Moved by the situation caused by the advance of Daesh at the end of 2014, 20 members of three Christian communities in the small town of Bellegarde decided to accommodate a family of refugees from Iraq. After nine months of waiting, the Mikho family with two grandmothers, two parents and three boys was announced in the train station one Saturday evening.
The media were eager to show a more positive story than the decline of a fearful Europe, so a photographer and journalist covered the arrival. A media parade continued in the days and weeks that followed, and made the response given in our modest homes appear disproportionate.
Within one month, the family received a minimum income and a housing allowance. Nine months later, the family was so well integrated that Arabic-French translators are no longer needed, and both the husband and wife have employment. Our Christian communities have become like a new family to them, stepping in to replace those from their homeland.
The wealth of skills others bring to our group has been valuable in giving ideas, and letting the family know they are at home. Our group accompanied the family in obtaining refugee status, their residence cards, medical papers, etc. We also supported the parents in education, children’s activities, and access to employment.
Catholics, Protestants, Adventists and Mennonites learned to better know and appreciate each other as we work together. We often find ourselves in the situation of the learner. When I try to use a few Arab phrases, I realize the road they have to travel in the opposite direction to reach us. We try to show as much as possible our songs and readings in both French and Arabic. We are happy to share with them our understanding of the Christian faith.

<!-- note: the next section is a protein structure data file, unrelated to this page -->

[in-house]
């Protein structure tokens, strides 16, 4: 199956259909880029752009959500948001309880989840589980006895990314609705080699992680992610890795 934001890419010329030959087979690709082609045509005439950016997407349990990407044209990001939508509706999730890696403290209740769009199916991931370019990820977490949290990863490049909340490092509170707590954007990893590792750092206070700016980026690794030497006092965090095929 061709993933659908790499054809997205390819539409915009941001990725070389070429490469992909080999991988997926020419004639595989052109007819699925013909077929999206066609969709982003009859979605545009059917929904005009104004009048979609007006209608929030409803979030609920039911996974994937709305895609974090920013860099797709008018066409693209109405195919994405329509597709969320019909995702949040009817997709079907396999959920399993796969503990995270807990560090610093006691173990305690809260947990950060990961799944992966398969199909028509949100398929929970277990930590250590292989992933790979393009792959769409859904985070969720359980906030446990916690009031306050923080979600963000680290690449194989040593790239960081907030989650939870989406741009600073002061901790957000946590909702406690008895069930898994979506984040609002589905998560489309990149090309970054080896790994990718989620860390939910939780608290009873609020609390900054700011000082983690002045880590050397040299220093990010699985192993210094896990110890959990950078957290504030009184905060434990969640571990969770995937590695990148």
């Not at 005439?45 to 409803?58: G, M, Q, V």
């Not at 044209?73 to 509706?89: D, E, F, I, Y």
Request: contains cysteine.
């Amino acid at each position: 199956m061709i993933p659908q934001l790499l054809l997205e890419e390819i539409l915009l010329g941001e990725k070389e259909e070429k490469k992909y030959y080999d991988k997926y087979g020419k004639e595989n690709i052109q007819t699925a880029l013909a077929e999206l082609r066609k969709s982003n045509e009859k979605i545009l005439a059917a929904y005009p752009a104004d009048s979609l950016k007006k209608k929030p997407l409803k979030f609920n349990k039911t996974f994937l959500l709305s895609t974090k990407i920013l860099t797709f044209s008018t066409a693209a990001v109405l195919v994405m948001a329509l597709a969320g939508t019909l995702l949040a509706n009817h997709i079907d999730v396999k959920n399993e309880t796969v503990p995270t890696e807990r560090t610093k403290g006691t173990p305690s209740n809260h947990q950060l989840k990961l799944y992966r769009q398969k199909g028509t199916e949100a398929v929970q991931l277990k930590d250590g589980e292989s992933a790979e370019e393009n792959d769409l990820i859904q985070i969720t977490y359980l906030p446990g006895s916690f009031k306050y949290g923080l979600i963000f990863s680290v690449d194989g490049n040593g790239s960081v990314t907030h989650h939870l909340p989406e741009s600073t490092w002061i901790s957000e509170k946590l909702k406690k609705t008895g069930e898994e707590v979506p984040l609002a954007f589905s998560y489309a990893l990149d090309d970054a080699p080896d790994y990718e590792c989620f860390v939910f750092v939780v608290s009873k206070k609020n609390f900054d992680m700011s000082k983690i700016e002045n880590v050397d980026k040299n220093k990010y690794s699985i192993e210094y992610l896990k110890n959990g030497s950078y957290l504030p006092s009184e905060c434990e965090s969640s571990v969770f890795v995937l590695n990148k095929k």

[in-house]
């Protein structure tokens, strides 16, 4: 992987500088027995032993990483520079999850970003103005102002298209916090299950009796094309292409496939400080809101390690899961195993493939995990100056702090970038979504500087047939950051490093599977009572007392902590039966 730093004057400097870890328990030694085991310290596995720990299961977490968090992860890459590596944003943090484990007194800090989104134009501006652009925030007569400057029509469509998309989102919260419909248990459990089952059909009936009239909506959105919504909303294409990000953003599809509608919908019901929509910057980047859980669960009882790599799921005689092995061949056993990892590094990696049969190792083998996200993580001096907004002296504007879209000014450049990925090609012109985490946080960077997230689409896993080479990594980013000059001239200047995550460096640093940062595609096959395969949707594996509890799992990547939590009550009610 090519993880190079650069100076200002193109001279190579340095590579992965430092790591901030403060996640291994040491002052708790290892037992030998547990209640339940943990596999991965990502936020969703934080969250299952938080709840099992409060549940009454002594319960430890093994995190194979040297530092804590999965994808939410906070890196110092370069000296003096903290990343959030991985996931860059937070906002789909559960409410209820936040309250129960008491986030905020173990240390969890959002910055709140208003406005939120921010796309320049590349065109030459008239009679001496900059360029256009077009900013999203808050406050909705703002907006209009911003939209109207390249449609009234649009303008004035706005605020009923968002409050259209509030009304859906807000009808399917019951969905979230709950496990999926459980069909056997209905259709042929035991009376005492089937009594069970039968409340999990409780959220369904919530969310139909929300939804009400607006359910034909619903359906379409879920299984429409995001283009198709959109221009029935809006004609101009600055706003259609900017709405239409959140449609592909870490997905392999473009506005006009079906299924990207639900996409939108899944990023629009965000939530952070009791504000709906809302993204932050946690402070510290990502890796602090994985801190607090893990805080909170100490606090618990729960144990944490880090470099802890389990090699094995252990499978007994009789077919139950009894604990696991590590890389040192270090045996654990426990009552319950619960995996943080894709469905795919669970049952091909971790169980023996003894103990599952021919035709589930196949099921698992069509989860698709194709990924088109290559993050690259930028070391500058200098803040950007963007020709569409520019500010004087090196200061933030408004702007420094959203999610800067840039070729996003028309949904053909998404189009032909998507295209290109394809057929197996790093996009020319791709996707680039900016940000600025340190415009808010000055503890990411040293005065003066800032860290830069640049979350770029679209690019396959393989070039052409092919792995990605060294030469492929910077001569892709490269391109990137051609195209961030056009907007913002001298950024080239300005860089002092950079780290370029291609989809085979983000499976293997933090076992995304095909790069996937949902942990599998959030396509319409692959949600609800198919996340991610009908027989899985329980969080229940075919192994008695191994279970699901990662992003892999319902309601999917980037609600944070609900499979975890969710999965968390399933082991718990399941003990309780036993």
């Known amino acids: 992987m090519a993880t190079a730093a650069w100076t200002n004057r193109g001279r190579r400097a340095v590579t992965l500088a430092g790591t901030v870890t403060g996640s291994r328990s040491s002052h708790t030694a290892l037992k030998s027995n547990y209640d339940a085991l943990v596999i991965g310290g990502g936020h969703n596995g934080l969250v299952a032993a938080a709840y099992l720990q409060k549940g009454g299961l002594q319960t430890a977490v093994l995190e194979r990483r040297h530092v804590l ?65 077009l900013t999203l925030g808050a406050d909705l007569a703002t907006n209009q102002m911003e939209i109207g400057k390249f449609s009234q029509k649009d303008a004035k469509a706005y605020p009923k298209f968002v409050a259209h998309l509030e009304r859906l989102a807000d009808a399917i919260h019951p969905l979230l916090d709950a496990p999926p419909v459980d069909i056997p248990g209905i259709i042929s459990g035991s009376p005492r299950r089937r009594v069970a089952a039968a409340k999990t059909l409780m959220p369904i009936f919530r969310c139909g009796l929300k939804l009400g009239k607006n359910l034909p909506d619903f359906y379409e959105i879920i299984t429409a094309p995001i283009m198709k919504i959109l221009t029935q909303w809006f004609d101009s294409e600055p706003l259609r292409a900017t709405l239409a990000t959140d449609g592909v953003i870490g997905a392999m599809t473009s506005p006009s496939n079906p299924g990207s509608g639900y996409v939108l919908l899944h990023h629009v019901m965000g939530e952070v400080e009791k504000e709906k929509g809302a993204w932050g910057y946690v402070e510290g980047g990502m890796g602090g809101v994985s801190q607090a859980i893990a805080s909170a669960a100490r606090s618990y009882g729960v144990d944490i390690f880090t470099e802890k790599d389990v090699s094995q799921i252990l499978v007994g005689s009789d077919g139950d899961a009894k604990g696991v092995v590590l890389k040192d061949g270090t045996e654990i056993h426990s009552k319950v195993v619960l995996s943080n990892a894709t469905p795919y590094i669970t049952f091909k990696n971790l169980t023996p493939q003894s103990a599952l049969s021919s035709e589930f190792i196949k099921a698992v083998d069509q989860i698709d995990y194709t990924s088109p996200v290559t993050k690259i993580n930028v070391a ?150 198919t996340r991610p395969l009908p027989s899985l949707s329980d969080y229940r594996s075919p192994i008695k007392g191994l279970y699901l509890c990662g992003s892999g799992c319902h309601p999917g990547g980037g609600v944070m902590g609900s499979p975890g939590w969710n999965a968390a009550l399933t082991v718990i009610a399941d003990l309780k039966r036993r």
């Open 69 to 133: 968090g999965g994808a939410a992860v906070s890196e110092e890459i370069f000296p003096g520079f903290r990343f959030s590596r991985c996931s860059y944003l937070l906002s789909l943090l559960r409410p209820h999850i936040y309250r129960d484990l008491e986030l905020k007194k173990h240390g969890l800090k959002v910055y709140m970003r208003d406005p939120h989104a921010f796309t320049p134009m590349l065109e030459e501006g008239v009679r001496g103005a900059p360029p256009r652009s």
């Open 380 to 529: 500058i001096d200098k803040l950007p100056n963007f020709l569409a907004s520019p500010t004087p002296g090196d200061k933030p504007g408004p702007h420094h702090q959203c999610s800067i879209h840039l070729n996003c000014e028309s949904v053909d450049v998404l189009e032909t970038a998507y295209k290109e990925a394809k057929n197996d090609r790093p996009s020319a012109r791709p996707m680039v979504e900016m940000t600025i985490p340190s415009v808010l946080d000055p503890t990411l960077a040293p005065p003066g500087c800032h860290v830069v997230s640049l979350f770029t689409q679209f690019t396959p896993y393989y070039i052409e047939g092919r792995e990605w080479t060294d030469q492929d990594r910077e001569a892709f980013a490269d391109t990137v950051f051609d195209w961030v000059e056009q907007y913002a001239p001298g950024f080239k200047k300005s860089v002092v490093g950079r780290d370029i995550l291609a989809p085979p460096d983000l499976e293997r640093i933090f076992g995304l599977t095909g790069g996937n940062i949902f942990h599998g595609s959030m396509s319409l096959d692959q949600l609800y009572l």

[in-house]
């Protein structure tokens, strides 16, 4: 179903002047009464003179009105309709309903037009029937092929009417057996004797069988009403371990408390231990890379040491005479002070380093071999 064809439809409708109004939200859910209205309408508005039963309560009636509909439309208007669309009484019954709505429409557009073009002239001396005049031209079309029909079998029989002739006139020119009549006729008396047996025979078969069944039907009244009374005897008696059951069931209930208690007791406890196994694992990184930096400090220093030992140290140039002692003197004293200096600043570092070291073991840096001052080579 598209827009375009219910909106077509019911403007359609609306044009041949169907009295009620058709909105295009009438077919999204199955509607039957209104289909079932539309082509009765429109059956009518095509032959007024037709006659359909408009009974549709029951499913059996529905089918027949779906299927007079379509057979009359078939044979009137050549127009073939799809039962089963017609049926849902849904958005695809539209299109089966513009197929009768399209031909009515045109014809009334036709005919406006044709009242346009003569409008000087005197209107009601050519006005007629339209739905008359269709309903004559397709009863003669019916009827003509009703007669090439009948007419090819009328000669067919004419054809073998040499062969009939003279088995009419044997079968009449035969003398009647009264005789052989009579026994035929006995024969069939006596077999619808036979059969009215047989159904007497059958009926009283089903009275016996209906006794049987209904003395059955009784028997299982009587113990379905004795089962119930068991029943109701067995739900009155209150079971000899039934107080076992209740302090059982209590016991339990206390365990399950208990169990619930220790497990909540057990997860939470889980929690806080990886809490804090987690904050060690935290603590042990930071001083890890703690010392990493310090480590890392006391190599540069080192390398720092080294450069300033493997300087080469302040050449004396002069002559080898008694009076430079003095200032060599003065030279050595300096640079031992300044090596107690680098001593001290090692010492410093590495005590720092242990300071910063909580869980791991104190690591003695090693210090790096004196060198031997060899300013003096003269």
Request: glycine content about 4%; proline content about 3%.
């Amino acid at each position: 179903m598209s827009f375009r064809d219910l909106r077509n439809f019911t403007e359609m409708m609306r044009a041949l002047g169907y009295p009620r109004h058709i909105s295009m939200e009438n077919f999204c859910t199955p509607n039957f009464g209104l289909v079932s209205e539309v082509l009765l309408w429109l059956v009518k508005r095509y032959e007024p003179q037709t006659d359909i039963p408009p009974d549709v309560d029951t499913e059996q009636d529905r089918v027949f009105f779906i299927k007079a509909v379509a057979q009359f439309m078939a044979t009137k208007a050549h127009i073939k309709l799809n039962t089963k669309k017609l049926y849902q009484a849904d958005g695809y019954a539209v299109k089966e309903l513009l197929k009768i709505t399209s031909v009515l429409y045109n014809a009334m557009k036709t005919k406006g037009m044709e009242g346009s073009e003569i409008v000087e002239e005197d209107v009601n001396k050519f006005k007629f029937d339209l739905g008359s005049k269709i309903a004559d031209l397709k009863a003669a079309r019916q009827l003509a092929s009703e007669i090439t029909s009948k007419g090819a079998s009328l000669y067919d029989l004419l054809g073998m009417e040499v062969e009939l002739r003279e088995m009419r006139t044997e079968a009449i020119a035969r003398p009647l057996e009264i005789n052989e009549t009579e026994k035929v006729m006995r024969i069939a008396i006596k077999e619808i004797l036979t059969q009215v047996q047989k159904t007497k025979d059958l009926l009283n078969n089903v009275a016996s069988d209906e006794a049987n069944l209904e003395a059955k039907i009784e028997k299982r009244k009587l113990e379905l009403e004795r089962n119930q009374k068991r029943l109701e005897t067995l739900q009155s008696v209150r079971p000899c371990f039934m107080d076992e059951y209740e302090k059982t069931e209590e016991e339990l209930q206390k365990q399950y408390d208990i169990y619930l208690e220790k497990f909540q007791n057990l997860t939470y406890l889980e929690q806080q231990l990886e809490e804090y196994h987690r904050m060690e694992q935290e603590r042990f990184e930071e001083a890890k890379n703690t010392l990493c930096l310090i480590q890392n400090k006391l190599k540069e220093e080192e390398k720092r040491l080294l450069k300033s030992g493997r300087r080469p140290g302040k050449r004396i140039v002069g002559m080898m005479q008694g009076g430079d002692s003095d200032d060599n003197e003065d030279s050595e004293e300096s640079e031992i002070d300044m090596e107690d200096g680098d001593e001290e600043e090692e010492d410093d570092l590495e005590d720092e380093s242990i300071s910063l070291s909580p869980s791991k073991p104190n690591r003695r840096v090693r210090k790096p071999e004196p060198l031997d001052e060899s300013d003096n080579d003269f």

Both grandmas spend much time embroidering colourful pictures evoking biblical or religious scenes. We thus discover an ancient culture: our Iraqi friends are from the province of Nineveh.
Their Christian history is impressive. From Roman times, they have resisted influences from the East (Persian mystery religion) and the West (Rome, Byzantine Orthodoxy, Islam, even Catholic and Protestant missionaries). The intervention of the U.S. army in the 20th century ended their way of life, motivating other regional reactions, with the catastrophic consequences that we now see.
We are on a journey with our friends; a journey of language, history and culture. This is not just about being welcoming and hospitable, but about being brothers and sisters in humanity who meet across borders.
Written by Daniel Goldschmidt, a member of Eglise Evangélique Mennonite (evangelical Mennonite church) in Saint-Genis-Pouilly, France.
This testimony is part of the World Fellowship Sunday worship resource for 2017. Click here to see more: www.mwc-cmm.org/worldfellowshipsunday